Q. I have recently relocated to the USA after getting married, and have lost most of my educational, professional and most personal networks. I’ve started playing some team sports locally and also engaged in some professional development, but I was interested in advice to build out my network, specifically in the accounting industry.
A. Congratulations on your recent marriage, and welcome to the USA. I hope you have long and successful relationships with your new spouse and new country! A move like this does have a significant impact on your network, however your world is still within reach due to technological improvements like Skype, email, and low international calling rates.
Building a network should be a goal of every job seeker, every new college graduate, and all professionals who hope to further their careers. Many job seekers regret that they let their networks lapse as they worked with their heads down, paying little attention to maintaining or developing their network. Almost all successful job seekers commit to maintaining their networks due to all the time, energy, and effort they put into creating a highly effective group of contacts.
First start with LinkedIn. Develop your profile, and link to all of your pre-move contacts. Review the groups available from your educational institutions, and professional organizations you might have been part of and join any appropriate ones. Your college or university may have subgroups based on geography. If they don’t, consider starting one. There may be more of your academic compatriots here than anyone is aware.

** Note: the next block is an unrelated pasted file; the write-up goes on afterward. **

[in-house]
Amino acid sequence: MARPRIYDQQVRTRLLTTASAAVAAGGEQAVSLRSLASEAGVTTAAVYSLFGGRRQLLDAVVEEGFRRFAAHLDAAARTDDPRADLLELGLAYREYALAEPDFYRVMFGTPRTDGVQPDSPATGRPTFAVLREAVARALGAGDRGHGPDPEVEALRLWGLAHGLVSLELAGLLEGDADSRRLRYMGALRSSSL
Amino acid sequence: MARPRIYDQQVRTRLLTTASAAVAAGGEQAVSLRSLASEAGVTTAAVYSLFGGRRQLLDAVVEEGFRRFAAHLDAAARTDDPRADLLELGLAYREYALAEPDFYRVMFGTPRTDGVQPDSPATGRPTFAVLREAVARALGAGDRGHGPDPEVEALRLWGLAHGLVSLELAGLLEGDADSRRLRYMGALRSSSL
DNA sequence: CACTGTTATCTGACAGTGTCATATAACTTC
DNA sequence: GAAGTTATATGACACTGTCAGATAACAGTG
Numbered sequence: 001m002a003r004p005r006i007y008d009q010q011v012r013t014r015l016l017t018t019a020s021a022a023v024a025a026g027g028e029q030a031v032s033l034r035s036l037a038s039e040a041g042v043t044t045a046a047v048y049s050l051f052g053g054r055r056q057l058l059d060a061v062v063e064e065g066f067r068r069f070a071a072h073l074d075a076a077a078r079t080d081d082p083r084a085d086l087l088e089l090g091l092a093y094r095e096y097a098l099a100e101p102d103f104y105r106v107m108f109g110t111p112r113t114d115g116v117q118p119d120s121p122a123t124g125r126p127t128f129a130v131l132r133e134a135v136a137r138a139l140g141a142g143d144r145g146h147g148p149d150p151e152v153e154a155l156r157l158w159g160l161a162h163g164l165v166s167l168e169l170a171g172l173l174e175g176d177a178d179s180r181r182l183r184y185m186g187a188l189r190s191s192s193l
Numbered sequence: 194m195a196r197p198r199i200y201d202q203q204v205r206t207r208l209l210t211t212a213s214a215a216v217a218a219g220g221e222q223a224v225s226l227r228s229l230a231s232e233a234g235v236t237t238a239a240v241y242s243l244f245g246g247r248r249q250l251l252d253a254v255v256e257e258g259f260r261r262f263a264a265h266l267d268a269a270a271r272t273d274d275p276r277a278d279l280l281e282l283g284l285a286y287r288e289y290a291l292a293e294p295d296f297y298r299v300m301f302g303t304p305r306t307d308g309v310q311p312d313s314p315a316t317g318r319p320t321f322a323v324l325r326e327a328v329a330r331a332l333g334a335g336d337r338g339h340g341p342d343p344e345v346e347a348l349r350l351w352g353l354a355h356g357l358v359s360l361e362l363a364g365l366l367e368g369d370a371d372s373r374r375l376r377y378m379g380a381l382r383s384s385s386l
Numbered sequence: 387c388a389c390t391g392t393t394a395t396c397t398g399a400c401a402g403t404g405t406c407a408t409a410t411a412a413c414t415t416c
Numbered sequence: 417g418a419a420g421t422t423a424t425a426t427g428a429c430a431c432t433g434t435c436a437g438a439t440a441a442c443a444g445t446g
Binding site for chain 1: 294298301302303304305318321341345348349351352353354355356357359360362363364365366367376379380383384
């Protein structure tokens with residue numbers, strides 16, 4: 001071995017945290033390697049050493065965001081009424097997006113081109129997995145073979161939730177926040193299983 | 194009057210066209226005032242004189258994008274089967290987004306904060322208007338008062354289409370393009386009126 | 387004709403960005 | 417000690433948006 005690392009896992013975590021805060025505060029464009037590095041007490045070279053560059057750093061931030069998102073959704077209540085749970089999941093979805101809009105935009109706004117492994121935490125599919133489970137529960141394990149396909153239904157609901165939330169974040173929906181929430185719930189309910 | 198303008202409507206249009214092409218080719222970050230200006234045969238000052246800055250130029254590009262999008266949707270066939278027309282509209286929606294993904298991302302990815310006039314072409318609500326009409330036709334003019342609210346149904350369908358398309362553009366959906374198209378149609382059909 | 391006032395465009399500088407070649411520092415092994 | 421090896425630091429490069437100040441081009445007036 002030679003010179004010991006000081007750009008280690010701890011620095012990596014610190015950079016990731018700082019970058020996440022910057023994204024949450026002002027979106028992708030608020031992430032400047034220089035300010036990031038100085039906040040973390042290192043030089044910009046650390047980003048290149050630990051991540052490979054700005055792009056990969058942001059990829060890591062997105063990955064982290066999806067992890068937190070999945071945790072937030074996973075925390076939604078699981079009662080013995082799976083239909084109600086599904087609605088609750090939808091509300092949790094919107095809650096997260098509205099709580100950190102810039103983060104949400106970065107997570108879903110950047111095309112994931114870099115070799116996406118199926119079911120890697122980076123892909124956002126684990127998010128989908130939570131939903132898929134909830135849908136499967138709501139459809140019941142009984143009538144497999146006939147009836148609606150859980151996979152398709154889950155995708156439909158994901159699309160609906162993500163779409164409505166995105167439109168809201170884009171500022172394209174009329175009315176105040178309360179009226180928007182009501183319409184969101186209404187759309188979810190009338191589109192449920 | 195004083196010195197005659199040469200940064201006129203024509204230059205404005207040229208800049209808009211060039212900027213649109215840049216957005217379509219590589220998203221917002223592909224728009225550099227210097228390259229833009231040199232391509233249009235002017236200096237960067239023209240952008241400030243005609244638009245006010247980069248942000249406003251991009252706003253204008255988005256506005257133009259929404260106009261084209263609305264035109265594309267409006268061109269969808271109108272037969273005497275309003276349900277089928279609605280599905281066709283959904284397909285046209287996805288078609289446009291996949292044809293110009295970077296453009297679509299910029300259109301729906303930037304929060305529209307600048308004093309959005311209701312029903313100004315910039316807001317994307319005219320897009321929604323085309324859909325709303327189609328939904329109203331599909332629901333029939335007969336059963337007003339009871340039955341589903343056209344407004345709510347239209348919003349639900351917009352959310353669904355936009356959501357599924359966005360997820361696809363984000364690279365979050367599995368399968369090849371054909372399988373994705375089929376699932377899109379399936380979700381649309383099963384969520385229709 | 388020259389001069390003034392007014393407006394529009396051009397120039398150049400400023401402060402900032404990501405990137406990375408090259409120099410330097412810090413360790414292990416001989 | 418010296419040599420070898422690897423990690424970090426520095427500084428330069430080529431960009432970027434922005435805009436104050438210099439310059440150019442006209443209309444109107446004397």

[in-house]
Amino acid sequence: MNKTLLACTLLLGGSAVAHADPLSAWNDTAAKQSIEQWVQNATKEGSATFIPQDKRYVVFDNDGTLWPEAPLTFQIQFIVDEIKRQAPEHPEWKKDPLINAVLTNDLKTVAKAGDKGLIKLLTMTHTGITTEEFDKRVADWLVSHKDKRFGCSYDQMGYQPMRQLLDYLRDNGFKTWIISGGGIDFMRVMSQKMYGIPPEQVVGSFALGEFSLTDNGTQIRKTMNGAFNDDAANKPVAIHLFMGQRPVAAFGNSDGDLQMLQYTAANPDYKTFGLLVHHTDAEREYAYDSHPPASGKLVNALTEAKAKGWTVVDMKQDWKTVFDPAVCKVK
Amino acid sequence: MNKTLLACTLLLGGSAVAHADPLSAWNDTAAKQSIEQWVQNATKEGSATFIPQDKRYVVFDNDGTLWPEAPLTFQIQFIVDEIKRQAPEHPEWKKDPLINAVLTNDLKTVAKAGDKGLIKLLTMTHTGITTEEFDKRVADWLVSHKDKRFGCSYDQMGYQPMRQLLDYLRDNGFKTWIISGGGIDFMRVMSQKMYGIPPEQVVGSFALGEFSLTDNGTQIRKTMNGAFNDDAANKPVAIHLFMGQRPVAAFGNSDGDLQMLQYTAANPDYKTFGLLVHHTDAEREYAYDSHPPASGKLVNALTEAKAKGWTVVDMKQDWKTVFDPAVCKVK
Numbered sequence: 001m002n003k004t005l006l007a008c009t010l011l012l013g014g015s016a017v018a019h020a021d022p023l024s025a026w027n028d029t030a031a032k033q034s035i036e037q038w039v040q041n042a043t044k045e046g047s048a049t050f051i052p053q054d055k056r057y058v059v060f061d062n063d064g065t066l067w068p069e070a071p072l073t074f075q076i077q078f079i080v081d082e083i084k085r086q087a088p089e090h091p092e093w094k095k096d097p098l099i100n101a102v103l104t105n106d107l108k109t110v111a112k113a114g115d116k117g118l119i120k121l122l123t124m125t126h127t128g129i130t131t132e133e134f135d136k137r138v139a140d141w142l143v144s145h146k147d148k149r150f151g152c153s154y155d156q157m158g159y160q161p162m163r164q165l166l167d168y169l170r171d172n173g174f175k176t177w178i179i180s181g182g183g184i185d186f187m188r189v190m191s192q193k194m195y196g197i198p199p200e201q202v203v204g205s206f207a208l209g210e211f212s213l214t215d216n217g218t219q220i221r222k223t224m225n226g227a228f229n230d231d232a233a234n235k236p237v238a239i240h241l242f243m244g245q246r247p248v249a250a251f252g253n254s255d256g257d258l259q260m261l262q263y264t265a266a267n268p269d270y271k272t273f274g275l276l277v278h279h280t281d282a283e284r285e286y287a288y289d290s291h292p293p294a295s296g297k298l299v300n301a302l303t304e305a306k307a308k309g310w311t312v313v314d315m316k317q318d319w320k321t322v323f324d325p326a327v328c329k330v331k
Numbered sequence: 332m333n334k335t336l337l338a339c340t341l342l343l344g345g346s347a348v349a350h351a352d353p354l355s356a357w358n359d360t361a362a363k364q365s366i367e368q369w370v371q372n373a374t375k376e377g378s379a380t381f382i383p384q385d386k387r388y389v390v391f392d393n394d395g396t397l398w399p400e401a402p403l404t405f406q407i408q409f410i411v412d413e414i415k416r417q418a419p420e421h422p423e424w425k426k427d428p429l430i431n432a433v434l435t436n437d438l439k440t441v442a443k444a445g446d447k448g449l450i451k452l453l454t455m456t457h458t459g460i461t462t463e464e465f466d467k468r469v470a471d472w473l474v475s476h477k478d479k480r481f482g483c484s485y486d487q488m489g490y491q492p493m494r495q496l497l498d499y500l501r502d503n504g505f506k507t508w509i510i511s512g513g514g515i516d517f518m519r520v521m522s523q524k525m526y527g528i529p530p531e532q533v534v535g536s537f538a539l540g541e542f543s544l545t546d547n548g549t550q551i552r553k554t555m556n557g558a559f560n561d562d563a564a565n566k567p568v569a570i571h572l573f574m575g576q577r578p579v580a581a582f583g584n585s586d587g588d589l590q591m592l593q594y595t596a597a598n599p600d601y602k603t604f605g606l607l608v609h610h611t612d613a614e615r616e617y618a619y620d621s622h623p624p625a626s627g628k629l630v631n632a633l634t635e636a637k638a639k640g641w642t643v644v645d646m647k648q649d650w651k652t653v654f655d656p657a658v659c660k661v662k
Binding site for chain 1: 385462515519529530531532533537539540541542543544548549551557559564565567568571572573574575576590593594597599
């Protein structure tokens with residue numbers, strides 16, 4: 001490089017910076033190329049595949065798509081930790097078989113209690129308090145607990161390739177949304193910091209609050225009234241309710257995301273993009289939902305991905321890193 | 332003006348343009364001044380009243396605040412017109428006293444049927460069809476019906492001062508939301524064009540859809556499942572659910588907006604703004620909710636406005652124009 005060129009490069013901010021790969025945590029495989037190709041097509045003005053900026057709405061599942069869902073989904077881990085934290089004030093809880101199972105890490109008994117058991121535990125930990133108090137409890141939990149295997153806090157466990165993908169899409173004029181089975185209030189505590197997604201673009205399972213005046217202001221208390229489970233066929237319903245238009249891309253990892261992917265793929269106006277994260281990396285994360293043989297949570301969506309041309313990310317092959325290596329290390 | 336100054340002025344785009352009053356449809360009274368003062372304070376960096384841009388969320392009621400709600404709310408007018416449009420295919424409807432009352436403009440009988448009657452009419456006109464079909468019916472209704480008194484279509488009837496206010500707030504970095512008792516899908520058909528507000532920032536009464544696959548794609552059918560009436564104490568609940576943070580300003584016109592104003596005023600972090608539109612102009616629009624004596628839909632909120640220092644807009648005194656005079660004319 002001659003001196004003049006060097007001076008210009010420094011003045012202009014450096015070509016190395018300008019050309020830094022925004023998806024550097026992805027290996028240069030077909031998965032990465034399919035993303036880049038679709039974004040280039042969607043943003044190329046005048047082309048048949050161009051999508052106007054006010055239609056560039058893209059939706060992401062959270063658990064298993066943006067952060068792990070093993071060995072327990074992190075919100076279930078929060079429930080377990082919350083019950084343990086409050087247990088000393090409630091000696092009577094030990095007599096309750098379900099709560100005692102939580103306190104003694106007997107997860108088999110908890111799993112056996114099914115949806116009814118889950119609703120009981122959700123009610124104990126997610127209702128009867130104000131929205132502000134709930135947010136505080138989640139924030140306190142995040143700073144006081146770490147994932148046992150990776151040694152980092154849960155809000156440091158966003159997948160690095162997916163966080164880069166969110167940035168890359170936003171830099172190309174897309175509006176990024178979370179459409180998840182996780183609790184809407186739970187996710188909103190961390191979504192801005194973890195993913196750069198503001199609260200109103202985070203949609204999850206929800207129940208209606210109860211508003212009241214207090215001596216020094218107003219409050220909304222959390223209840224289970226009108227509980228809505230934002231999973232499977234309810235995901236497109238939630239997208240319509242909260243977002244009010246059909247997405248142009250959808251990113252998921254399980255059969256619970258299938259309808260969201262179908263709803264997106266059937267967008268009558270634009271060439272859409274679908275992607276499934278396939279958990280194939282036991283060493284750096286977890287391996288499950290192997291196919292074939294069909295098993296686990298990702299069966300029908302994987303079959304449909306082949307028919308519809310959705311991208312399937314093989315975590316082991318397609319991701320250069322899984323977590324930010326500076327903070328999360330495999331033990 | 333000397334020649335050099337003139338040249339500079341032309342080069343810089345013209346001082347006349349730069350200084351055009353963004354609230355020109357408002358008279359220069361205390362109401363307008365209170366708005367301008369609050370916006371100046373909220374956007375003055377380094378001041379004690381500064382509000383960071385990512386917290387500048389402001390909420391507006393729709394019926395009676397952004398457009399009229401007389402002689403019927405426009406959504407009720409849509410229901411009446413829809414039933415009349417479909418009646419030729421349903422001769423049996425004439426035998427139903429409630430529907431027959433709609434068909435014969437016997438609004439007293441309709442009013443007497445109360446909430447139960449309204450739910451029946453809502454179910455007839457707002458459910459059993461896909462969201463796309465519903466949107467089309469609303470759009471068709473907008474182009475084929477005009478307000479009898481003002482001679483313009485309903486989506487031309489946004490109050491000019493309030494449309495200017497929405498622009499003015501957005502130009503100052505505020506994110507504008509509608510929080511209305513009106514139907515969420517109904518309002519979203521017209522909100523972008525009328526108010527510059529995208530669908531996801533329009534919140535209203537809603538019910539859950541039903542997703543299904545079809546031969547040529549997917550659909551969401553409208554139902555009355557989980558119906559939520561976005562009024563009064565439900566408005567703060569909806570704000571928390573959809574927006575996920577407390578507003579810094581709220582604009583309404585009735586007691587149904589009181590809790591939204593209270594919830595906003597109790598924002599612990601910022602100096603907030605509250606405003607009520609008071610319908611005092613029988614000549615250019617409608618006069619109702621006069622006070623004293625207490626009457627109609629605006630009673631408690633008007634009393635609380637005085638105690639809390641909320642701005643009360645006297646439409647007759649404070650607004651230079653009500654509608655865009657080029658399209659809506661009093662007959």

Review new regional groups you might be interested in as well. There are many accounting and finance related groups of professionals, and many have local meetings which you should attend.
Share an update on LinkedIn highlighting what you are looking for regarding accounting connections in your preferred geographic area. Ask your personal contacts to link, in addition to the new sports colleagues you have. This will help you find out more about the professional lives of your teammates. Many professionals neglect connecting to a broad range of people, yet reaching beyond professionals in your industry alone often leads to the best connections who offer information, insight and introductions not as easily available elsewhere. All of these connections will give you a great base on which to build your local network.
Also look at any potential cultural groups – LinkedIn and locally – whose members are from your country of origin. Many cultural groups offer local social and professional events and your local network can continue to grow in this way. The common bond you share with participants typically motivates group members to try and help you develop a network who can support your career aspirations.
You mentioned professional development activities, which are a great way to find out more about the local activities in a profession. Make an effort to meet the members of the board of directors of any professional associations. They are typically very knowledgeable about career opportunities and considered leaders in their fields. If the activities are academic, connect with the faculty for their ideas about new contacts, and to see if they know of the most effective job sites for your areas of interest.
I know your spouse will be eager to help, and adding that network to your own will also be an effective way to expand your connections. There are always more people to connect with and new ways to make it happen, so just keep pushing forward and you’ll have a great network in no time.